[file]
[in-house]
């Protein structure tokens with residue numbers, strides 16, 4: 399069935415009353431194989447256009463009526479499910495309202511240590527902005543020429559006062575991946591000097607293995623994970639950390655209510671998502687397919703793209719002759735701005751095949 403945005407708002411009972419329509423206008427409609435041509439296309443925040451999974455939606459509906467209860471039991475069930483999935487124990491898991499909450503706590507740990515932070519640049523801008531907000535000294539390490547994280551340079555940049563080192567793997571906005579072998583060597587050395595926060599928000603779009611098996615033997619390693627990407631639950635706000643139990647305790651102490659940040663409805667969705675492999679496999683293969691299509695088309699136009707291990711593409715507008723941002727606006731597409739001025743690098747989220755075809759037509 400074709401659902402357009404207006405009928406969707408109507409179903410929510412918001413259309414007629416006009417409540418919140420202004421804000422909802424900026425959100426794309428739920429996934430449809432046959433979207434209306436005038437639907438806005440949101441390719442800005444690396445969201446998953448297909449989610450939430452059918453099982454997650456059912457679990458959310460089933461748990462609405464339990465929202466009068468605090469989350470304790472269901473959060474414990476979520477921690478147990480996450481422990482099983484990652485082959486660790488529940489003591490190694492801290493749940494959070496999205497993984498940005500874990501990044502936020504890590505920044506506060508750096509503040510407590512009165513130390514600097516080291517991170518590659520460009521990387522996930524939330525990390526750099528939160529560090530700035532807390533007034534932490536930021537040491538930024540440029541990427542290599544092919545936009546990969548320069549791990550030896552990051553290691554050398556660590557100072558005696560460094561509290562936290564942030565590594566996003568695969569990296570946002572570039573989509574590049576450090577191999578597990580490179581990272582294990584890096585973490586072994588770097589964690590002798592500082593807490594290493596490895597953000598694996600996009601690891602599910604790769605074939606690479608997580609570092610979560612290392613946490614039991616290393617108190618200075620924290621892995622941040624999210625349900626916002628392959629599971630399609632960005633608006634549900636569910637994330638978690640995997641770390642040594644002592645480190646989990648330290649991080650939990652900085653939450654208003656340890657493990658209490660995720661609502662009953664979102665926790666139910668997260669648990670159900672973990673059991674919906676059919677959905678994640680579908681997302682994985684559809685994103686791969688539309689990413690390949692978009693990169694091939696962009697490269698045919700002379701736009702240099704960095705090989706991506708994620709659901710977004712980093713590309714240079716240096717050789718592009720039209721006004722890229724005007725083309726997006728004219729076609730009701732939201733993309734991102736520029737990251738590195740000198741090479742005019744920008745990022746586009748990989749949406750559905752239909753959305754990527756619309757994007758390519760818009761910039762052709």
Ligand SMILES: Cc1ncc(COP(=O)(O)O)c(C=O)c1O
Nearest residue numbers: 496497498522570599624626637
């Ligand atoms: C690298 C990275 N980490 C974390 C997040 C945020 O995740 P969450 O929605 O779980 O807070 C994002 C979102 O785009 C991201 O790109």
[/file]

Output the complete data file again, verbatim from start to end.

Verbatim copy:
[in-house]
């Protein structure tokens with residue numbers, strides 16, 4: 399069935415009353431194989447256009463009526479499910495309202511240590527902005543020429559006062575991946591000097607293995623994970639950390655209510671998502687397919703793209719002759735701005751095949 403945005407708002411009972419329509423206008427409609435041509439296309443925040451999974455939606459509906467209860471039991475069930483999935487124990491898991499909450503706590507740990515932070519640049523801008531907000535000294539390490547994280551340079555940049563080192567793997571906005579072998583060597587050395595926060599928000603779009611098996615033997619390693627990407631639950635706000643139990647305790651102490659940040663409805667969705675492999679496999683293969691299509695088309699136009707291990711593409715507008723941002727606006731597409739001025743690098747989220755075809759037509 400074709401659902402357009404207006405009928406969707408109507409179903410929510412918001413259309414007629416006009417409540418919140420202004421804000422909802424900026425959100426794309428739920429996934430449809432046959433979207434209306436005038437639907438806005440949101441390719442800005444690396445969201446998953448297909449989610450939430452059918453099982454997650456059912457679990458959310460089933461748990462609405464339990465929202466009068468605090469989350470304790472269901473959060474414990476979520477921690478147990480996450481422990482099983484990652485082959486660790488529940489003591490190694492801290493749940494959070496999205497993984498940005500874990501990044502936020504890590505920044506506060508750096509503040510407590512009165513130390514600097516080291517991170518590659520460009521990387522996930524939330525990390526750099528939160529560090530700035532807390533007034534932490536930021537040491538930024540440029541990427542290599544092919545936009546990969548320069549791990550030896552990051553290691554050398556660590557100072558005696560460094561509290562936290564942030565590594566996003568695969569990296570946002572570039573989509574590049576450090577191999578597990580490179581990272582294990584890096585973490586072994588770097589964690590002798592500082593807490594290493596490895597953000598694996600996009601690891602599910604790769605074939606690479608997580609570092610979560612290392613946490614039991616290393617108190618200075620924290621892995622941040624999210625349900626916002628392959629599971630399609632960005633608006634549900636569910637994330638978690640995997641770390642040594644002592645480190646989990648330290649991080650939990652900085653939450654208003656340890657493990658209490660995720661609502662009953664979102665926790666139910668997260669648990670159900672973990673059991674919906676059919677959905678994640680579908681997302682994985684559809685994103686791969688539309689990413690390949692978009693990169694091939696962009697490269698045919700002379701736009702240099704960095705090989706991506708994620709659901710977004712980093713590309714240079716240096717050789718592009720039209721006004722890229724005007725083309726997006728004219729076609730009701732939201733993309734991102736520029737990251738590195740000198741090479742005019744920008745990022746586009748990989749949406750559905752239909753959305754990527756619309757994007758390519760818009761910039762052709």
Ligand SMILES: Cc1ncc(COP(=O)(O)O)c(C=O)c1O
Nearest residue numbers: 496497498522570599624626637
């Ligand atoms: C690298 C990275 N980490 C974390 C997040 C945020 O995740 P969450 O929605 O779980 O807070 C994002 C979102 O785009 C991201 O790109």